The United States was not interested in recreating a closed trading system with subject colonies like that of the now dissolving maritime British Empire. That required both considerable expense and local administrations to maintain.  (It also generated anti-colonial political movements, of which the American Revolution had been one of the first.)  Instead, the United States constructed a post-war international system from which it benefited militarily and economically but that also benefited its allies enough to make it self-sustaining.  The American arche consisted of overlapping networks of military and economic alliances that spanned the globe.  The military alliances were designed to provide protection against possible Soviet aggression through mutual defense treaties, including the 1949 North Atlantic Treaty Organization (NATO) in western Europe, and bilateral agreements with Japan (1951, 1960) and Korea (1953) in northeast Asia.  These were the linchpins of a system that allowed the stationing of American forces within these sovereign nations, part of a much vaster system of secondary alliances that even 30 years after the collapse of the Soviet Union included 800 military bases of various types in 70 countries.  Connected by sea and air routes, this network allowed the United States to project its power worldwide without maintaining excessively large numbers of troops abroad.  Its success in the aftermath of World War II was based on turning former enemies, Germany and Japan, into close allies and major economic powers after installing democratically run governments and financing their reconstruction.

Buttressed by new global multilateral institutions such as the World Bank (1944), the International Monetary Fund (1945), and General Agreement on Tariffs and Trade (1947), the United States supported the creation of the European Common Market (which eventually became the European Union). This was less a matter of altruism than the employment of a maritime empire strategy that viewed the emergence of stronger allied partners as a net plus rather than potential rivals.  In an improvement on ancient Athens’ approach, the United States relied as much on the self-interest of its members to keep the system functioning as it did on its own power.  This dual military/economic network would see off the Soviet Union in 1991 and maintain itself afterward.  Its success as a strategy was best appreciated by contrasting it with failed American policies that veered from the maritime empire template and drew the United States into counterproductive land wars in Vietnam and Iraq.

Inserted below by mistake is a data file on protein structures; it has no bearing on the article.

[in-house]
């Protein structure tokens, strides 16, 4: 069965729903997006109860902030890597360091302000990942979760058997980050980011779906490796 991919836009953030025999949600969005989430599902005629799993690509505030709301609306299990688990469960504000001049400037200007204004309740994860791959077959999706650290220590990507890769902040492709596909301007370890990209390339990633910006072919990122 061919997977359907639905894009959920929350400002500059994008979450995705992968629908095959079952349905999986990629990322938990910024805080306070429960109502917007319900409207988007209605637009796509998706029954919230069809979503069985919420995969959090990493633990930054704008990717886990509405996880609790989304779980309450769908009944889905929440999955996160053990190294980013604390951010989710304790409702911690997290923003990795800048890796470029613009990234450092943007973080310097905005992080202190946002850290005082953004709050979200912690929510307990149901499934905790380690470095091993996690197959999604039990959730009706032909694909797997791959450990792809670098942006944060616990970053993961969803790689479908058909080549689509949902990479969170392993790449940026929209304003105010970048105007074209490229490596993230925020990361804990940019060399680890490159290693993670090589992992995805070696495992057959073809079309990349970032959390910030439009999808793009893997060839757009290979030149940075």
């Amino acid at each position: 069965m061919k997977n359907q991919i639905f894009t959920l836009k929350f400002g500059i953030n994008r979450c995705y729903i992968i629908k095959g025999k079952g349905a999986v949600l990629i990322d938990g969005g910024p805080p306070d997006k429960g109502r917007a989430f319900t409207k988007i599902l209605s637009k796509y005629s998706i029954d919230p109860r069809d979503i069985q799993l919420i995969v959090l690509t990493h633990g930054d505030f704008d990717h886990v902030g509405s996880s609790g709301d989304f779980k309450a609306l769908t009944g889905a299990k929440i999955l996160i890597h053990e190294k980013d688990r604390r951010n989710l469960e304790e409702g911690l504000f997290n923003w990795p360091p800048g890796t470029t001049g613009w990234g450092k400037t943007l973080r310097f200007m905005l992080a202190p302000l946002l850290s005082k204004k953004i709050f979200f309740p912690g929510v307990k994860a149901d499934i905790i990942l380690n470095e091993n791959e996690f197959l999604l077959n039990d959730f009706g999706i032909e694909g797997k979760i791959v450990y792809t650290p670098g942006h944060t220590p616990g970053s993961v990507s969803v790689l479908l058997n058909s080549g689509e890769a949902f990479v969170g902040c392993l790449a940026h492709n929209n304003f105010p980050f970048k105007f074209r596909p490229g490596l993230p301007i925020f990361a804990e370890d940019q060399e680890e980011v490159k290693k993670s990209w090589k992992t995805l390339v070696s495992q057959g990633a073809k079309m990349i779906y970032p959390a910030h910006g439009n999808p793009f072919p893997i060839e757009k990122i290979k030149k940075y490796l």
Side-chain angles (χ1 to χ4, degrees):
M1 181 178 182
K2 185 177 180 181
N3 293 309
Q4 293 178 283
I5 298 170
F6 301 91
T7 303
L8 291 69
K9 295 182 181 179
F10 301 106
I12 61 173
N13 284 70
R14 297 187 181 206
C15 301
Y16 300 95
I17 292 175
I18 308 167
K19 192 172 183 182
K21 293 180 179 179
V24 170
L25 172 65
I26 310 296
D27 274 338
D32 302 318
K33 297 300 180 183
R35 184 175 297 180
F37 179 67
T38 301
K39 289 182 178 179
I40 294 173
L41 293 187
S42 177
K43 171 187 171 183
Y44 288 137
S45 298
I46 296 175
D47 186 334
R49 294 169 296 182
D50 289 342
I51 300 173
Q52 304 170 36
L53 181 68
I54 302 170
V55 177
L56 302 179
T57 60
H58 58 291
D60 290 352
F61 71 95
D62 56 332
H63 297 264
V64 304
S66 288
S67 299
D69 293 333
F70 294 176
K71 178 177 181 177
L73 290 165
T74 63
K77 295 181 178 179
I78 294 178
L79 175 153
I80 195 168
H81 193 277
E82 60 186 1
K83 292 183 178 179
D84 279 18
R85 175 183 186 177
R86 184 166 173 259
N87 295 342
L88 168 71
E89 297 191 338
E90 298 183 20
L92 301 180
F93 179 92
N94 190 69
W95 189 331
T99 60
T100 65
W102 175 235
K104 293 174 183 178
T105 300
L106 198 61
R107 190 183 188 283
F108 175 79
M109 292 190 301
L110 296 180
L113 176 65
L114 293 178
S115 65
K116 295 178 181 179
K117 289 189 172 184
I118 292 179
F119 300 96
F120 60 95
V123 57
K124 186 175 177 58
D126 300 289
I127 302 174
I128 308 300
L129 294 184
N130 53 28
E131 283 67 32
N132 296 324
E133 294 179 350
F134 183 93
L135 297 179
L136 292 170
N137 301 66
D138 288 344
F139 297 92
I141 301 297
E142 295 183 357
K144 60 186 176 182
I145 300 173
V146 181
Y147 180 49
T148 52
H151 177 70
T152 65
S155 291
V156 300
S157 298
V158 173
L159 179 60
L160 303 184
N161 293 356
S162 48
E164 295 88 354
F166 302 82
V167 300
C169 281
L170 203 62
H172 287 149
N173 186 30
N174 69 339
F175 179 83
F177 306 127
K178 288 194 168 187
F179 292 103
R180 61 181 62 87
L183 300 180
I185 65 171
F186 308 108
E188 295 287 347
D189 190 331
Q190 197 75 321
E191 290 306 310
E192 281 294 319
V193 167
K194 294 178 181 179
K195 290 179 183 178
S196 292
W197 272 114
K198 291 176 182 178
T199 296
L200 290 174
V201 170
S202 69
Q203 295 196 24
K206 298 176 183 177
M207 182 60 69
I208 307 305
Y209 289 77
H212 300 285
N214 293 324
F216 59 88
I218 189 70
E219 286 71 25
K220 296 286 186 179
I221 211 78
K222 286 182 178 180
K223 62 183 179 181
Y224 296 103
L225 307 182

In one important area, the United States broke with the maritime empire template that had created cosmopolitan economies but retained insular ruling elites in Athens, Venice, Holland, and Great Britain.  Universal citizenship, immigration, and capitalist economic disruption combined to produce a political system in the United States where the elites who set American policy eventually reflected the diversity of the population, albeit with a considerable lag time.  That diversity was also reflected in America’s soft power influence that was rivaled historically only by Athens in the ancient greek world because, beginning in the mid 20th century, the United States became the place to be for those producing cultural and scientific innovations.  Part of the attraction was its rich economy, secure private property rights, and freedom of expression, but the United States benefited too from the arrival of refugee artists, scholars, and scientists fleeing persecution or prejudice in their own homelands. They put the United States at the forefront of many fields that the country otherwise would have been unlikely to develop (or develop as quickly) without them.  Whether in Hollywood, New York or Silicon Valley, the ability to attract talented people who became American citizens by choice was an element missing in even the most economically cosmopolitan maritime empires of the past.  The United States was certainly the first to make culture itself a profitable export.